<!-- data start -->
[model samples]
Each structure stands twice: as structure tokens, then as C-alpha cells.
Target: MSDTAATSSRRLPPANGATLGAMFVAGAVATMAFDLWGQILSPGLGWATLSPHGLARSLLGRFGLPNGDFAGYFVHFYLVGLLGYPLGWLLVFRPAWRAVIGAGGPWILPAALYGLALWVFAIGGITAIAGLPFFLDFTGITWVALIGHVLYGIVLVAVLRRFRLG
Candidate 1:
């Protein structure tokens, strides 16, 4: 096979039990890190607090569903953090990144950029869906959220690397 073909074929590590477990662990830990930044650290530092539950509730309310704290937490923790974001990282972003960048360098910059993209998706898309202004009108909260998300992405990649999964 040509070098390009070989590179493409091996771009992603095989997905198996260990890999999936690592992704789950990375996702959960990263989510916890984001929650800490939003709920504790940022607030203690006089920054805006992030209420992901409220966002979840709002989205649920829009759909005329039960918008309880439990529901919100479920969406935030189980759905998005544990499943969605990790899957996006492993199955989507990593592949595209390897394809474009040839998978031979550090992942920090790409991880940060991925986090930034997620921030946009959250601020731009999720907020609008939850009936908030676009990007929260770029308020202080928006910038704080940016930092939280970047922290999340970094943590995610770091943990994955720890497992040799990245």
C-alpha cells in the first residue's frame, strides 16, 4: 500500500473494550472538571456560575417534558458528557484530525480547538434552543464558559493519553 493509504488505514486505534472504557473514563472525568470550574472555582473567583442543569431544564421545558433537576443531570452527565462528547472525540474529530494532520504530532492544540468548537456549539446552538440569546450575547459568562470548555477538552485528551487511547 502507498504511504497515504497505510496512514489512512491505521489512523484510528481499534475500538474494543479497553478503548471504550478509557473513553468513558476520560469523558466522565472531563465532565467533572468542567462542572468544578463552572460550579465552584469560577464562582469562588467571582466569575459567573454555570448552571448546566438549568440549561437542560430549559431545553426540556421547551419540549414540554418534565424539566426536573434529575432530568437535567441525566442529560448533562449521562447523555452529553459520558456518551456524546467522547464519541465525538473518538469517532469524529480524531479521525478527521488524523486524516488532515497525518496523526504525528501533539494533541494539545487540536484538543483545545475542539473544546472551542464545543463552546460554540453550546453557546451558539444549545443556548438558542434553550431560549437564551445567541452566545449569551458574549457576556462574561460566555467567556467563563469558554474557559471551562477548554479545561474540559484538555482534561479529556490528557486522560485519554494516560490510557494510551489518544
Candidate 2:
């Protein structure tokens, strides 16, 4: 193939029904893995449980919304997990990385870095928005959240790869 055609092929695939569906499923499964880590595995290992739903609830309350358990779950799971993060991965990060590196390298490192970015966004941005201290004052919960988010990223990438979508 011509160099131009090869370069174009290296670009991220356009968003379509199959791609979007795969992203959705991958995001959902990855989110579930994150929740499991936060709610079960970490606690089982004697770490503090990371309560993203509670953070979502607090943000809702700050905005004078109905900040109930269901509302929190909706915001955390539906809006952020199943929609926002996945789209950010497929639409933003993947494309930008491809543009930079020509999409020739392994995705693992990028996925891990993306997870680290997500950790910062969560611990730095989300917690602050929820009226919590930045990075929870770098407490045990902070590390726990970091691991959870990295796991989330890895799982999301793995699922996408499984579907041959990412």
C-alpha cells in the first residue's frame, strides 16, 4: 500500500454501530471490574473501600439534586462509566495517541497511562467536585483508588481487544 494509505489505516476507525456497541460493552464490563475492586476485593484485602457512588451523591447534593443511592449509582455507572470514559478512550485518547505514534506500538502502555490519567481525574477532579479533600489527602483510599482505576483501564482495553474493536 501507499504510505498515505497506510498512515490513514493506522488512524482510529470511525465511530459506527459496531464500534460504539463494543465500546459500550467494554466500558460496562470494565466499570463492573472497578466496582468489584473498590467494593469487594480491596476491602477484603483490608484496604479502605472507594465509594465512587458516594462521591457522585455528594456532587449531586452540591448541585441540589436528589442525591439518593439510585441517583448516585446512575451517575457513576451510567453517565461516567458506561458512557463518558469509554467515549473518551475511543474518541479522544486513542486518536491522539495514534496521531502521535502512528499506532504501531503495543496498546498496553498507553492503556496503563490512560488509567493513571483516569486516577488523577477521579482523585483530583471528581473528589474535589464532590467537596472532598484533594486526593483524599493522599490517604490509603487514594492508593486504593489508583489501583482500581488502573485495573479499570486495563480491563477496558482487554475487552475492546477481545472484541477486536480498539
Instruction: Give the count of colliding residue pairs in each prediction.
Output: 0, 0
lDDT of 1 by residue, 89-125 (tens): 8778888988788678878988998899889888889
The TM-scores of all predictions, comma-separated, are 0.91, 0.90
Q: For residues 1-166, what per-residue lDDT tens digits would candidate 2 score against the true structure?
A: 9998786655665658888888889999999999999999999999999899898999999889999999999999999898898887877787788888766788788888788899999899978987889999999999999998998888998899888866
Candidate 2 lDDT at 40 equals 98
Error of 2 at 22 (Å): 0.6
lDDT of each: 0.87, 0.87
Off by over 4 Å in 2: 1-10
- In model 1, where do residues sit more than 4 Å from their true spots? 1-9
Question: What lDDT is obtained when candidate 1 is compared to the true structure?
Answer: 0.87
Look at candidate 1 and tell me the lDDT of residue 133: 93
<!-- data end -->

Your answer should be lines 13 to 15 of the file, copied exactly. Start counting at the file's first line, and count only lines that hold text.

The TM-scores of all predictions, comma-separated, are 0.91, 0.90
Q: For residues 1-166, what per-residue lDDT tens digits would candidate 2 score against the true structure?
A: 9998786655665658888888889999999999999999999999999899898999999889999999999999999898898887877787788888766788788888788899999899978987889999999999999998998888998899888866